Do We All Share One Mind? | Omega

 Imagine the implications for health, creativity, and our future if we recognized we all share one mind. Physician Larry Dossey explains the science behind the not-so-crazy idea of a shared consciousness.

Where our mind is concerned, we've been more concerned with disunity than unity. During the 20th century we took the mind apart—the conscious, the unconscious, the pre- and sub-conscious, the collective unconscious, the superego, ego, id, and so on. When we look through the other end of the telescope, however, we can see a different pattern. We can make out what I call the One Mind—not a subdivision of consciousness, but the overarching, inclusive dimension to which all the mental components of all individual minds—past, present, and future—belong. I capitalize the One Mind to distinguish it from the single, one mind that each individual appears to possess.

"Deep down the consciousness of mankind is one."
David Bohm

The Supporting Evidence for One Mind

This is not a philosophical gambit, but is based on human experience and actual scientific experiments. Consider studies in which human neurons are separated into two batches and sealed in so-called Faraday containers that block physical communication. When one batch is stimulated with a laser, the distant batch of neurons registers the same changes at the same time.

Or consider a huge collection of neurons, the human brain. When distant individuals who are emotionally bonded are wired with encephalographs that record their brain waves, or when they are both monitored with fMRI brain scanners, when one individual's brain is visually stimulated the distant individual's EEG or fMRI scan registers the same change at the same time.

Recent studies by James Fowler at U.C. San Diego and Nicholas Christakis, then at Harvard Medical School, found that "emotions have a collective existence—they are not just an individual phenomenon."

Further: "[H]appiness is ... contagious ... Your happiness depends not just on your choices and actions, but also on the choices and actions of people you don't even know who are one, two, and three degrees removed from you."

Fowler and Christakis have shown that if your friend's friend's friend becomes happy—someone you've never met nor heard of—that has a greater effect on your happiness than if someone put $5,000 in your pocket.

There are hundreds of additional studies that reveal the unlimited, boundless behaviors of our minds. As consciousness researcher Stephan A. Schwartz describes these experiments: "Today there are six stabilized...protocols used in laboratories around the world exploring these...phenomena. Under rigorous double or triple blind, randomized, and tightly controlled conditions, each of these six has independently produced [odds against chance] in a billion..."

The emerging image of mind is that it cannot be put in a box (or brain) and walled off from all other minds. If minds are boundless and boundaryless, as evidence suggests, in some sense all minds connect.

Throughout history many eminent scientists have glimpsed this fact. This includes Nobel physicist Erwin Schrödinger, who proclaimed, "The overall number of minds is just one...In truth there is only one mind." And the distinguished physicist David Bohm asserted, "Deep down the consciousness of mankind is one."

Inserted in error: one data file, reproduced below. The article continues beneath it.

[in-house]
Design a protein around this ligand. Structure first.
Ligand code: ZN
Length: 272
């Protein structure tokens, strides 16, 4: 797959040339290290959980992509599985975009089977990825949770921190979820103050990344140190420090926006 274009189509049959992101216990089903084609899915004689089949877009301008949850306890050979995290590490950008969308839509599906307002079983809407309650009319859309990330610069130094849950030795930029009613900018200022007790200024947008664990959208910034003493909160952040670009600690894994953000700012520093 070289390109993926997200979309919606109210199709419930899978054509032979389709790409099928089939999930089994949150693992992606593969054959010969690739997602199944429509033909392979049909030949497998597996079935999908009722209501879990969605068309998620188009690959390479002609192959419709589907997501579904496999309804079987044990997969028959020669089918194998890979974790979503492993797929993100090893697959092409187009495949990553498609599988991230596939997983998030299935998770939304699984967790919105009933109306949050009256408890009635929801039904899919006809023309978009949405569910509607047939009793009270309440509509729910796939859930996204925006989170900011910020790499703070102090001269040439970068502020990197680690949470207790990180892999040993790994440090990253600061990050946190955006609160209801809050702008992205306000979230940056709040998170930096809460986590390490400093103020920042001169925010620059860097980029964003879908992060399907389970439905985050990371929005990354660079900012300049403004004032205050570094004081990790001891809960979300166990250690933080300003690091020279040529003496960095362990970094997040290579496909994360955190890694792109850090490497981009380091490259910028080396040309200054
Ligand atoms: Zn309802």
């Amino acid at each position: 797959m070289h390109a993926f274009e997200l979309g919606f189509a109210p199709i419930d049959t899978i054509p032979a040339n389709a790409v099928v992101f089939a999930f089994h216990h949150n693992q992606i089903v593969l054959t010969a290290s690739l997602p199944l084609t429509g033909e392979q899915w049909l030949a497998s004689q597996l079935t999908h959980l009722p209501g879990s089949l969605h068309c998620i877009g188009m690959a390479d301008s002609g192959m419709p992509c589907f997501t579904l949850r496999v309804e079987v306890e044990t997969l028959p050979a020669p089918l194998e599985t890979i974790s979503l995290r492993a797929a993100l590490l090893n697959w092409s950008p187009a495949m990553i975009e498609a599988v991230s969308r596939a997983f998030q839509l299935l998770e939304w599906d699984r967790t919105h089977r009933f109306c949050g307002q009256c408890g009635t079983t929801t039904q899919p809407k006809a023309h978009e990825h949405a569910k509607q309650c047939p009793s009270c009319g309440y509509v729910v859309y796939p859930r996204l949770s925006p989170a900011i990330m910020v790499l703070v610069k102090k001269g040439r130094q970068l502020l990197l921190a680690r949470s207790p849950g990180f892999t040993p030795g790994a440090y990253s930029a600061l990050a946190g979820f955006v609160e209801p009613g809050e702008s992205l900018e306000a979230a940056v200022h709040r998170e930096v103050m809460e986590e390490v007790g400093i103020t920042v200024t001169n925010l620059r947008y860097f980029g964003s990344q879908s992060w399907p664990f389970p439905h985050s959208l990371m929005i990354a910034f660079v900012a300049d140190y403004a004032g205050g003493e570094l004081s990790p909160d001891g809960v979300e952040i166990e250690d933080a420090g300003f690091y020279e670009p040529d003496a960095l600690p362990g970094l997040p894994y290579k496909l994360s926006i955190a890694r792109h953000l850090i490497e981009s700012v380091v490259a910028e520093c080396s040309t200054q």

Neither the experimental evidence for our connectedness nor the experience of individuals across millennia seems to make much difference to skeptics afflicted by "randomania," "statisticalitis," "coincidentitis," or "ODD" (Obsessive Debunking Disorder ). No matter. Skeptics can ignore the evidence, but they cannot wish it away. As physicist Max Planck once said, paraphrased, "Science progresses funeral by funeral."

The Practical Benefits of One Mind

The concept of a collective One Mind with which each individual is connected suggests a pool of intelligence that might be tapped by creative individuals. As America's great inventor, Thomas Edison, said, "People say I have created things. I have never created anything. I get impressions from the Universe at large and work them out, but I am only a plate on a record or a receiving apparatus—what you will. Thoughts are really impressions that we get from outside."

The eminent German physicist and philosopher Baron Carl Friedrich von Weizsäcker agreed. He said, "[In any great discovery] we find the often disturbing and happy experience: 'It is not I; I have not done this.' Still, in a certain way it is I—yet not the ego...but...a more comprehensive self."

Our unity and connectedness as humans have taken a back seat to our obsession with individuality. Individuality should be honored; generally speaking, a species without a strong sense of individuality does not long survive on this planet. But individuality is only one side of the human coin. Neglecting the coin's other side, our collective unity, is a recipe for disaster nationally and globally, because the epidemic of selfishness and greed that has been unleashed by this unbalanced view of human nature is now threatening not only our social structure, but also the larger eco-environmental fabric and life-support systems that sustain us.

The ethical implications of our fundamental connectedness are profound. Because of our intrinsic oneness, health can never be merely personal, and neither can illness, poverty, or hunger. The unity we share requires a recalibration of the Golden Rule from, "Do unto others as you would have them do unto you," to "Be kind to others because in some sense they are you."

On this realization, our future on Earth may depend.

This blog post originally appeared in the Huffington Post and is based on the book One Mind by Larry Dossey. Copyright © 2013 by Larry Dossey. 

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